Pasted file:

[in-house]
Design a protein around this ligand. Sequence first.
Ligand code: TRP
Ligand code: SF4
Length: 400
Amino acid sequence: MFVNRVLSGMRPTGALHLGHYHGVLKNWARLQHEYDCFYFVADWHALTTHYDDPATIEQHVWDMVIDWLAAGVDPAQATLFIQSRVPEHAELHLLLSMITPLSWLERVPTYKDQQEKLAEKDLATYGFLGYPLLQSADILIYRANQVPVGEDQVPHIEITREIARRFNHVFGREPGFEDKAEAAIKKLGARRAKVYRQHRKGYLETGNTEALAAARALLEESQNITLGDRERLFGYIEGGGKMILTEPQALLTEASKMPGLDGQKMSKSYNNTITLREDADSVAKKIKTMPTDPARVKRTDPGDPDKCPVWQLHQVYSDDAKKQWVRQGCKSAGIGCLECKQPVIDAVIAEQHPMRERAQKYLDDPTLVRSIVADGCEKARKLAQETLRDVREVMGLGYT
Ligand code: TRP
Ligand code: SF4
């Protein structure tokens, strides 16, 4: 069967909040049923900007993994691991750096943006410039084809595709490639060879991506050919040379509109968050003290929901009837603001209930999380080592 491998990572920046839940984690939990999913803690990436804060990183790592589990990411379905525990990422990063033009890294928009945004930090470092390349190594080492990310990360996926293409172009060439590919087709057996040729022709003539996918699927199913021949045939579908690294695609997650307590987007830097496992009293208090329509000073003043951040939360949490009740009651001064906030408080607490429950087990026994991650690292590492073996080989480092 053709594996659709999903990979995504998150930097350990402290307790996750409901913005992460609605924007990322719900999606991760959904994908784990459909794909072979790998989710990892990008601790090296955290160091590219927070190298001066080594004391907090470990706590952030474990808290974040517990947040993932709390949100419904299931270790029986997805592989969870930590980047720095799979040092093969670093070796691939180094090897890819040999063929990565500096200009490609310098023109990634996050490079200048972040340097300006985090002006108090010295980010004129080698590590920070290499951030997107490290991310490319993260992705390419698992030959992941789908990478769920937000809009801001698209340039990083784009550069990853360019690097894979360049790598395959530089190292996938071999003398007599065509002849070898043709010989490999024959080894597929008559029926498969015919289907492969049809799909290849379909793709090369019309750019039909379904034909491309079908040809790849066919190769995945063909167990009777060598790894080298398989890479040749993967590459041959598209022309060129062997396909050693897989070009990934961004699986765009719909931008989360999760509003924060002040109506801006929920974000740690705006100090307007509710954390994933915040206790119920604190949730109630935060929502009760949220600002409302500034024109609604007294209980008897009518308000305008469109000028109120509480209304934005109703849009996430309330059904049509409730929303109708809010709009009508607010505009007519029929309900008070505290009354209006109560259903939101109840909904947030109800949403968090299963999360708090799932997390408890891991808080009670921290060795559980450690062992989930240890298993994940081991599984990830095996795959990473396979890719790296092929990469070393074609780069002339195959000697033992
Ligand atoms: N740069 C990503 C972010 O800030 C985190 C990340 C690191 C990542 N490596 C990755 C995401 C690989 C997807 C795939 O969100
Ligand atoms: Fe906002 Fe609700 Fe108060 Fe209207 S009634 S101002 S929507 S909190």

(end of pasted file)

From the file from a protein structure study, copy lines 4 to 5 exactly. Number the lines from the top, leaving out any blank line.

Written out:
Ligand code: SF4
Length: 400